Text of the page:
We may have a major snowstorm on Sunday.  But after that, I think (I hope) we have finally turned the corner towards spring.

How is your weather today?

Thursday, February 26, 2015

When It Is Good to Complain

Is complaining bad for you? That's our common wisdom.

 Some people say "yes", and add that we should replace complaints with gratitude.  Be positive, and you and your body will both benefit.

 I've been keeping track of some of my complaining recently.  For example, my spouse did me a big favor by taking me to work the other day.  It was wicked cold (as we say, here in the Southern Tier of New York State) and the sidewalks were a bit icy from a thaw the day before.

So, I try to open the car door, and it is blocked by the tall snowpile next to the path leading from our house to the street.  So the first thing my spouse heard, instead of "thank you", was somewhere along the line of "*&#@ snowpile!". It also could have been "*($@ salt!" when I got road salt dust (it is on everything, including cars, trees near highways) on my coat. 

When I got to work, everyone was complaining about the temperature, when people weren't trying to one-up each other about just HOW COLD it was at their house.

So yes, I complain.  And so does everyone I know.

Because I majored in cultural anthropology, I wondered if complaining, in certain circumstance, can be a form of bonding.   (Gossip also is a form of bonding, but we all know how damaging gossip can be, too)

In the midst of my complaining, I found a recent article in The Atlantic of interest.

It turns out that sometimes, complaining may be beneficial.  That is not to say we shouldn't practice gratitude.  But, if complaining is done right (knowing when to complain, knowing who to complain to, and complaining for a purpose - to accomplish a purpose), complaining can be good, even providing us with positive health benefits.  And, some types of complaining can actually improve the light in which others see you.  That one really surprised me.

I can see myself, in a fancy restaurant, complaining about the wine, and people around me being impressed. (Or not, because I don't go to fancy restaurants.  Or, drink wine in any restaurant.)

Complaining, in some circumstances, can provide sympathy (if it is not overdone), and human connection.  The trick is, knowing when to stop, before it turns into whining.

Complaining can help you focus and organize negative feelings.

So complaining, it turns out, can be negative (and often is) but can also be a positive thing, if done right.

Now, about those snow piles...

Wednesday, February 25, 2015

Winter Wonders Of a Below Zero Sunrise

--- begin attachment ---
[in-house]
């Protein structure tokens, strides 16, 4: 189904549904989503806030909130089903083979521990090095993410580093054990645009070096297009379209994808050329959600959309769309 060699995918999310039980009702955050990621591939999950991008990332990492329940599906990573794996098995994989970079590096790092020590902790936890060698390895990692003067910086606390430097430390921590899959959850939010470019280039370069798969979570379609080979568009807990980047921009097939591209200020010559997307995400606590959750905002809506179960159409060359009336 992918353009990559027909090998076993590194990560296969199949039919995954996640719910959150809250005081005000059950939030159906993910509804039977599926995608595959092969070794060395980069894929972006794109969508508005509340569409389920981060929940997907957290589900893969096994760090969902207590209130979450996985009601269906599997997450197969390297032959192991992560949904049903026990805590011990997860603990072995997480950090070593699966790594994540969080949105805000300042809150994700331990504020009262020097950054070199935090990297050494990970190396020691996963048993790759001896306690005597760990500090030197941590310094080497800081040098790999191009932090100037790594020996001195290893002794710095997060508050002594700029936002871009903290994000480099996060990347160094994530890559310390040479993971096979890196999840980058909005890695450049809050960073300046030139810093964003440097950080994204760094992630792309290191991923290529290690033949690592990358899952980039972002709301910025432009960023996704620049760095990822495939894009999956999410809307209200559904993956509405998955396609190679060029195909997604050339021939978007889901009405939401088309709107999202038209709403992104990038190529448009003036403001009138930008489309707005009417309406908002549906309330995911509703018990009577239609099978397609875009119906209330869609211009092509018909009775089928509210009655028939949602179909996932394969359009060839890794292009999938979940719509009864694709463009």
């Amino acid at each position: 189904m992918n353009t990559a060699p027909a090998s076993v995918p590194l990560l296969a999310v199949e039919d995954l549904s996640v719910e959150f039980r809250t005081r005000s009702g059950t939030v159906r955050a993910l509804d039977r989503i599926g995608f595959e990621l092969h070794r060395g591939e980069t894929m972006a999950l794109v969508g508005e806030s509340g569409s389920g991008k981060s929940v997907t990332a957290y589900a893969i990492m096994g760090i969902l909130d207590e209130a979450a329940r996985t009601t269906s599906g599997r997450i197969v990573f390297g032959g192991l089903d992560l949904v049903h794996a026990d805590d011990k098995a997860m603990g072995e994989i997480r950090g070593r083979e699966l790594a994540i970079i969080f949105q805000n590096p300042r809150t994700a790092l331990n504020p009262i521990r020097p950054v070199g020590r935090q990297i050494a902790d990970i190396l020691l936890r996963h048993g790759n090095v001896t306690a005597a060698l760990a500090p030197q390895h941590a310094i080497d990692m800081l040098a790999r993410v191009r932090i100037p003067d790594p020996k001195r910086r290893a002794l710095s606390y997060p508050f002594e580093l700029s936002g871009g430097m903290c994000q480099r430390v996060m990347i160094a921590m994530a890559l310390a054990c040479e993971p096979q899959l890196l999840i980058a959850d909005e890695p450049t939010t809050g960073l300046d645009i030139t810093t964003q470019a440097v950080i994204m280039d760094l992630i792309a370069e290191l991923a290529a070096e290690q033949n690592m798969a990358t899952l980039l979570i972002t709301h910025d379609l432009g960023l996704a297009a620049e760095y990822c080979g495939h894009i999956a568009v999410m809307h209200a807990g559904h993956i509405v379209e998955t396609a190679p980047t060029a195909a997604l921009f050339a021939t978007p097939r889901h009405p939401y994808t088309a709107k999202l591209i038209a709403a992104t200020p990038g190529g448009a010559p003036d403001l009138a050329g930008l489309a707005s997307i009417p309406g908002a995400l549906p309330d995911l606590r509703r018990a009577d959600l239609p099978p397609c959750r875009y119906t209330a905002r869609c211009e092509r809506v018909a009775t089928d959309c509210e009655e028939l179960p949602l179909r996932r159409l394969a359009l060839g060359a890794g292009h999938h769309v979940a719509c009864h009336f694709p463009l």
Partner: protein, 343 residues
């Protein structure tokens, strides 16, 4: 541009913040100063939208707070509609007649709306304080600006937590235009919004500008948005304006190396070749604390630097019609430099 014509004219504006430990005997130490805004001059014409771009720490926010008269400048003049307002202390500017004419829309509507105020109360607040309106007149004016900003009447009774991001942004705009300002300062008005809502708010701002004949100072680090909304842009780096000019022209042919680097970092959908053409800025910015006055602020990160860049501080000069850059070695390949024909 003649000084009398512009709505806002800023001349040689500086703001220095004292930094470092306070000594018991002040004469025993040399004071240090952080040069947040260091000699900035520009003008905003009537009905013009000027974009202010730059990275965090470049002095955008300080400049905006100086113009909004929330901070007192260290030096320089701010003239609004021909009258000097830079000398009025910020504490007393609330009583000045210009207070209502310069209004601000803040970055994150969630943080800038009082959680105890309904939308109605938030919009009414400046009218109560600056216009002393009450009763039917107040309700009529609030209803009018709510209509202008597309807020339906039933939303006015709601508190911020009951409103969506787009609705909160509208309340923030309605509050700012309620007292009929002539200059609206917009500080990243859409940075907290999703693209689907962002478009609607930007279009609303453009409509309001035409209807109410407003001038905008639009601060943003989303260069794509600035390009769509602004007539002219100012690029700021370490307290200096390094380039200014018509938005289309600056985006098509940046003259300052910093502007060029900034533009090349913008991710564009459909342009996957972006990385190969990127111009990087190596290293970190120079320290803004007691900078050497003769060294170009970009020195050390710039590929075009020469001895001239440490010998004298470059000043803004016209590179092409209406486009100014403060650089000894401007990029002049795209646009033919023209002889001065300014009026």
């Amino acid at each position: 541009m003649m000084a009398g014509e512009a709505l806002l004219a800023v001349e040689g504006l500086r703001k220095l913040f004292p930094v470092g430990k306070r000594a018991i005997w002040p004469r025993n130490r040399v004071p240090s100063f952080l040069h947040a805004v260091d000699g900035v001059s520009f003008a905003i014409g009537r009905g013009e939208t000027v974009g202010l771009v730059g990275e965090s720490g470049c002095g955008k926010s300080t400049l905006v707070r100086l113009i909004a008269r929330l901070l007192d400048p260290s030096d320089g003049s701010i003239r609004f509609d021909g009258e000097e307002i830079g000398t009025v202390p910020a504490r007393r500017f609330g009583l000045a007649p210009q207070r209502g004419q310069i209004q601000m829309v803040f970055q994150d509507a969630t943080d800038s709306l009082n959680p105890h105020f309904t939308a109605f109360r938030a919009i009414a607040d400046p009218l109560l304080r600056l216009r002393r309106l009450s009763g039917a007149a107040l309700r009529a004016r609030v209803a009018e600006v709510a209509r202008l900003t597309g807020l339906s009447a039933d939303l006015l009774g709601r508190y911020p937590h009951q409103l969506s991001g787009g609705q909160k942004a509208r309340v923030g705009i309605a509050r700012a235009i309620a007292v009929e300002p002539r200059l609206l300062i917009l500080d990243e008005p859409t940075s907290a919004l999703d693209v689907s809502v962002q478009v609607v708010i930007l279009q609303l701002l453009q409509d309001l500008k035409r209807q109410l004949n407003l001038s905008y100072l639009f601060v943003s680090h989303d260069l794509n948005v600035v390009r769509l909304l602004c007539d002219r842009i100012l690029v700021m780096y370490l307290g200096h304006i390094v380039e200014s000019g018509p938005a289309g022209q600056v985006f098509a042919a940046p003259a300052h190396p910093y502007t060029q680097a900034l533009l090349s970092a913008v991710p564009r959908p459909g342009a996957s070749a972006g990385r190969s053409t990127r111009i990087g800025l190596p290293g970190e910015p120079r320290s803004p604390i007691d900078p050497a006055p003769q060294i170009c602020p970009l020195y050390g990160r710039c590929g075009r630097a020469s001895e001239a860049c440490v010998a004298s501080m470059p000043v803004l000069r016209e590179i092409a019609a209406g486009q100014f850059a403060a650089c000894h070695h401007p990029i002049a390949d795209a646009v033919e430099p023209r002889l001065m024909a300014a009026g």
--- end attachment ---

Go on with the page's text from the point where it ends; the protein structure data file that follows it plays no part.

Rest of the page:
This is not what you want to wake up to, as my son did yesterday (the bottom temperature is the outside temperature.)

This is -30.8 C, for those outside the United States.

Only the brave throw back the colors to face the day without complaint, when your thermometer reads that low.  In upstate New York, we wonder at people who deal with these temperatures for much of the winter, and admire them.  Then we go back to complaining about the weather.

At my house, it was only -8 F (-22 C).  It hasn't been that cold for us, we figure, in about 15 years.
The birds were singing, as I took a picture of the sunrise.  Birds singing in the early morning is one of the first signs of spring.  At this time of year, bright sunshine usually comes only with ice cold temperatures.  The birds know something we don't know - yet.

Streaks were in the air, as the sun appeared.
Smoke does funny things in the below zero air (this picture taken on a different below zero day).

Spring, right now, is invisible.  But soon, sap will start to flow in the trees again.  The tips of their branches will glow with a bright red.  If we are fortunate, we will have a good maple syruping season as March progresses.

But for now, the only signs of spring are those singing birds.

The rest of nature is still locked in ice and snow.

One day it will be spring, but not just yet.

What is your weather like today?

Tuesday, February 24, 2015

What A Man Did For His Son

Why must individuals with autism suffer with an unemployment rate of 90%?

Why, indeed. As the sister in law of a man in his 50's with autism, who has spent much of his working life in a sheltered workshop environment, I ask that question a lot.  At some point, my brother in law may be facing unemployment, with the closing of these workshops in New York State due to withdrawal of funding. 

A father and a brother decided to take matters into their own hands.

They caught the Rising Tide.

The son of a friend sent me a link on Facebook a couple of days ago - a link to a video about a car wash in Florida - a car wash called Rising Tide.  

This car wash employs mainly individuals with autism.  In other words, this venture came out of the love of a father for his son, and the love of a brother for his brother with autism.  The two brothers work there together at the business.